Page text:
So is that how you preach and communicate the gospel? Are you hearing the objections Paul heard? Do you have to talk about how grace leads to more holiness in your gospel conversations?

If not, then it may be because you are not preaching with the clarity that Paul did. It may be that your not preaching the gospel at all.

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Filed under Evangelism, Preaching, Romans, The Gospel

The Gospel & Our Everyday Lives

What do you think is the most important thing about Christianity? … How would you answer that question?

This would be one way I think we could answer it. The very center of Christianity is an announcement of some historical facts about a man named Jesus Christ. What do you think about that answer? Do you believe that? The truth that holds the Bible all together is some historical facts?

Let’s look at 1 Corinthians 15:3. “For I delivered to you as of first importance what I also received: that Christ died for our sins in accordance with the Scriptures.”

What does Paul say is “of first importance?” The message that he delivered and that message is “that Christ died for our sins.”

Substitution Is The Heart of Christianity

Have you ever heard or thought about the fact that substitution is the heart and center of the Christian faith. Think about it this way.

What is sin?

It the fact that we have substituted ourselves for God.

What is salvation?

It is the fact that Jesus Christ has substituted himself for us.

What is sin?

It is when we take what God alone deserves.

What is salvation?

It is when Jesus Christ has put himself in our place and he took what we deserve. Continue reading

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Filed under 1 Corinthians, Campus Outreach, Law and Gospel, Romans, Sanctification, Sermons, The Gospel

Is Your Prayer Life Lacking?

“Therefore, since we have been justified by faith, we have peace with God”

Notice that we have peace with God and not the peace of God. What is the difference?

Peace with God is objective. It means there is no hostility between God and us. The peace of God is subjective. It is the feeling of peacefulness that may ebb and flow.

Think about it like peace between 2 nations that are at peace with each other. The peace countryside of at the top of quiet mountain is the feeling “the peace of” that country, but the lack of war between 2 nations is peace with each other.

What it means to have peace “with” God is that He is no longer hostile towards us.

Do you see how Romans 5:1, the first verse of the second main section, answers Roman 1:18, the first verse of the first main section?

Peace with God is the opposite of being under the wrath of God. If you are a believer in Jesus Christ than this means God is not angry with you and has already been poured out on Jesus. There is no wrath against you.

You must believe that God is not and never will be angry with you. Otherwise you will not be able to receive the next blessing in Romans 5:2. “Through him we have also obtained access by faith into this grace in which we stand, and we rejoice in hope of the glory of God.”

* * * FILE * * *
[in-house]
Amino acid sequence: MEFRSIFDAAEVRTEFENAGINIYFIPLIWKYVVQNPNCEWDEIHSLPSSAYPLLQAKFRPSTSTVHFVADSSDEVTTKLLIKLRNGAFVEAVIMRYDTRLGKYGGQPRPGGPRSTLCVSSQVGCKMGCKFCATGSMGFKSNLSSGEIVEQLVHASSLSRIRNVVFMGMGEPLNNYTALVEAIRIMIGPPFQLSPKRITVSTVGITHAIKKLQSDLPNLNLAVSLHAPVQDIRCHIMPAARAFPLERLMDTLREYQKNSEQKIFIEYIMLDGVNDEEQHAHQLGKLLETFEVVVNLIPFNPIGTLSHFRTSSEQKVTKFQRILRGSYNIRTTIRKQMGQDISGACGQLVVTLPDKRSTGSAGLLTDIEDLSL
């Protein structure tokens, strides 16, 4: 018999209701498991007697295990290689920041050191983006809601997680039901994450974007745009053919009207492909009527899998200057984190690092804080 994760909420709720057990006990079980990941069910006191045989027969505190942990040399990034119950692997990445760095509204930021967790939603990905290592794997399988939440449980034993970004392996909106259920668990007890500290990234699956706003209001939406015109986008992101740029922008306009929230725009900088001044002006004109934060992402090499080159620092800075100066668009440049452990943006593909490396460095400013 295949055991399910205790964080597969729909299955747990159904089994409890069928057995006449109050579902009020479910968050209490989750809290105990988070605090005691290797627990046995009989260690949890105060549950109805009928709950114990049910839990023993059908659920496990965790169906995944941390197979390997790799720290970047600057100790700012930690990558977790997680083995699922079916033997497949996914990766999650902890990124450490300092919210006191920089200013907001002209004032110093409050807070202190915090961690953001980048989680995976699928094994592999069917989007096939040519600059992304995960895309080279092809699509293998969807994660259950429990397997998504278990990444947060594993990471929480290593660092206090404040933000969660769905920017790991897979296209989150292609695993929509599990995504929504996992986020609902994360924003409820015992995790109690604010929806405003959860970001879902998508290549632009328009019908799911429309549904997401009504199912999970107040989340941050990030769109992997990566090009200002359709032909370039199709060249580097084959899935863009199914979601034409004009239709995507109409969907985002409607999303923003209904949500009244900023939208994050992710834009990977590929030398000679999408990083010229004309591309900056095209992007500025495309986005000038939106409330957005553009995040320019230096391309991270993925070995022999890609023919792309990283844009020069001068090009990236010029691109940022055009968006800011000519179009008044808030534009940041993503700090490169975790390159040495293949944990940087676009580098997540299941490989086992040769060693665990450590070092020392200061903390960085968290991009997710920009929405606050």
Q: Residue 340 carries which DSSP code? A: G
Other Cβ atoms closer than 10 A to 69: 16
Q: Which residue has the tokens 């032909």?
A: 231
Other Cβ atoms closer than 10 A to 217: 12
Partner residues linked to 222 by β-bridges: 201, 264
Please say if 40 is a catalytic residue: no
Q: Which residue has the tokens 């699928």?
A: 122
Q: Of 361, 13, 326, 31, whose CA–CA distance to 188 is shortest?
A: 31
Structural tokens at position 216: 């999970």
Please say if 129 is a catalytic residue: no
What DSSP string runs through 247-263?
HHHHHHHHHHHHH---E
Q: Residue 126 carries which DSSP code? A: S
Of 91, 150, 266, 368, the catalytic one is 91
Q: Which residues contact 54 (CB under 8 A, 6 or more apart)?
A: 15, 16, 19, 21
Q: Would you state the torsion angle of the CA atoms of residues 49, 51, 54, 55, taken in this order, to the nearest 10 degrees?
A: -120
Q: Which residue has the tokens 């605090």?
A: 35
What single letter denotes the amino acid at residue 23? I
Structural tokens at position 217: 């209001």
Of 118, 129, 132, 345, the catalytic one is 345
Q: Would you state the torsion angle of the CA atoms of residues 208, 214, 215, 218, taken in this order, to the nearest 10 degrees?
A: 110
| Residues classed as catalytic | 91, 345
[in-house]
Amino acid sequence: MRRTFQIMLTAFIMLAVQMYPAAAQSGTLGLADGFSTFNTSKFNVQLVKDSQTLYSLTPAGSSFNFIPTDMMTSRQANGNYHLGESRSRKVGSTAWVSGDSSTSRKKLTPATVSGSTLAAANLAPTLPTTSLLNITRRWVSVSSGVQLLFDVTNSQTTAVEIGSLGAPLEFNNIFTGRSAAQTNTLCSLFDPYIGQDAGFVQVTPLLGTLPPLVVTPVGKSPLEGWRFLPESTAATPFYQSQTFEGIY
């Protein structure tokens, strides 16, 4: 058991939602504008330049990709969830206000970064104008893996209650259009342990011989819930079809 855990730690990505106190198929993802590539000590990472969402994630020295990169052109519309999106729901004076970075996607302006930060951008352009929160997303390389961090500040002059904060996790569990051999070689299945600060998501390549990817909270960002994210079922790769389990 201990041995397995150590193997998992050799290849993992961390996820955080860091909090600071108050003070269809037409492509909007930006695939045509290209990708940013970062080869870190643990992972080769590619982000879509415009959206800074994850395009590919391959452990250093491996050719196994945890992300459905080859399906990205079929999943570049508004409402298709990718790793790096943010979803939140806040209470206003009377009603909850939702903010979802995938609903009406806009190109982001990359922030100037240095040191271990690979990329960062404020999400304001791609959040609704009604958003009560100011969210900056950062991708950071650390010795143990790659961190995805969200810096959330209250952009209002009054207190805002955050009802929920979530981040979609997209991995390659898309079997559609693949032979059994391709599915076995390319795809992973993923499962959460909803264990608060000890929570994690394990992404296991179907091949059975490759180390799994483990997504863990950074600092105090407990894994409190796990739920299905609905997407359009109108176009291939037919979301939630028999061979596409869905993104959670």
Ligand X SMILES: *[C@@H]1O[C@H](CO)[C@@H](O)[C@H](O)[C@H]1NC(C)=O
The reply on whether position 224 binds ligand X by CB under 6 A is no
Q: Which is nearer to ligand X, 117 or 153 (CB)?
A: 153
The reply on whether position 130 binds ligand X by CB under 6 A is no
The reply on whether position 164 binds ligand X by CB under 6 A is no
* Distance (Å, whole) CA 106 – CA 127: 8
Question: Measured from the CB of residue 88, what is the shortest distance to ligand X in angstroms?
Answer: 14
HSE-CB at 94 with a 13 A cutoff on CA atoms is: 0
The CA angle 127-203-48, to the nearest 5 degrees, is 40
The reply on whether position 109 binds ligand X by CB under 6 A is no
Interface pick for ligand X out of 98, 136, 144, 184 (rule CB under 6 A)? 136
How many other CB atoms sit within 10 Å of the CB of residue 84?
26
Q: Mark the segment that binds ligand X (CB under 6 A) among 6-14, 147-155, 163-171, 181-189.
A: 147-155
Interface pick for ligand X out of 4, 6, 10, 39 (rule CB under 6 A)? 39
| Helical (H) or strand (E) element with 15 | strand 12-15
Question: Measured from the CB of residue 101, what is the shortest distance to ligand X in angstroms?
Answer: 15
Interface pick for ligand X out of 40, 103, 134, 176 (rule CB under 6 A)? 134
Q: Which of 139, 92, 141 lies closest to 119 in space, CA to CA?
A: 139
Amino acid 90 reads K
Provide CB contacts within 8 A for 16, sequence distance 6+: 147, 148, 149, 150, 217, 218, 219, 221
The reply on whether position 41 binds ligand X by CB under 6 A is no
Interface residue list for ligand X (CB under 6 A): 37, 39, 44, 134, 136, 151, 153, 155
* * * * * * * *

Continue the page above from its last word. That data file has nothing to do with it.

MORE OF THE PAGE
Access is only used 2 other times in the NT and both times it is by Paul in Ephesians and both times it has to do with prayer.

Is Your Prayer Life Lacking?

It is hard to pray if you think God is angry with you. If you think God is angry with you when you sin, then you will not go to him in prayer nearly as often as you would if you knew that he was not angry with you.

If you do not have much of a prayer life, the problem might be because you do not understand justification by faith alone. There are a lot of devotional writings that make us feel guilty about our prayerlessness and they are not helping you. Continue reading

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Filed under Justification by Faith, Prayer, Romans, Sanctification, Sermons, The Gospel

Are We Too Obsessed With Our Sanctification?

“Therefore, since we have been justified by faith.”

This phrase sums up Romans 1-4. We are justified by faith alone apart from works of the law.

If justification were by works, then no one would be justified. For no one has done good works that meet God’s standard. All are guilty of idolatry, all are unrighteous, all suppress the truth, all are worthy of the outpouring of God’s wrath etc… If there were not a way to be justified by faith, then no one would be justified.

Justification by is by faith alone because it gives all glory to God. Faith simply receives God’s grace and therefore excludes all boasting (Romans 3:27).

Paul Turns A Corner

In chapter 5, Paul turns a corner in this great letter to the Romans. He is no longer arguing for the doctrine of justification by faith, but unpacking the glorious results of this truth.

To say that this is major turning point in Romans is contrary to many commentaries or outlines that you will come across when studying Romans. Most outlines that you will find on the book of Romans look like this: Continue reading

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Filed under Justification by Faith, Romans, Sanctification, Sermons, The Gospel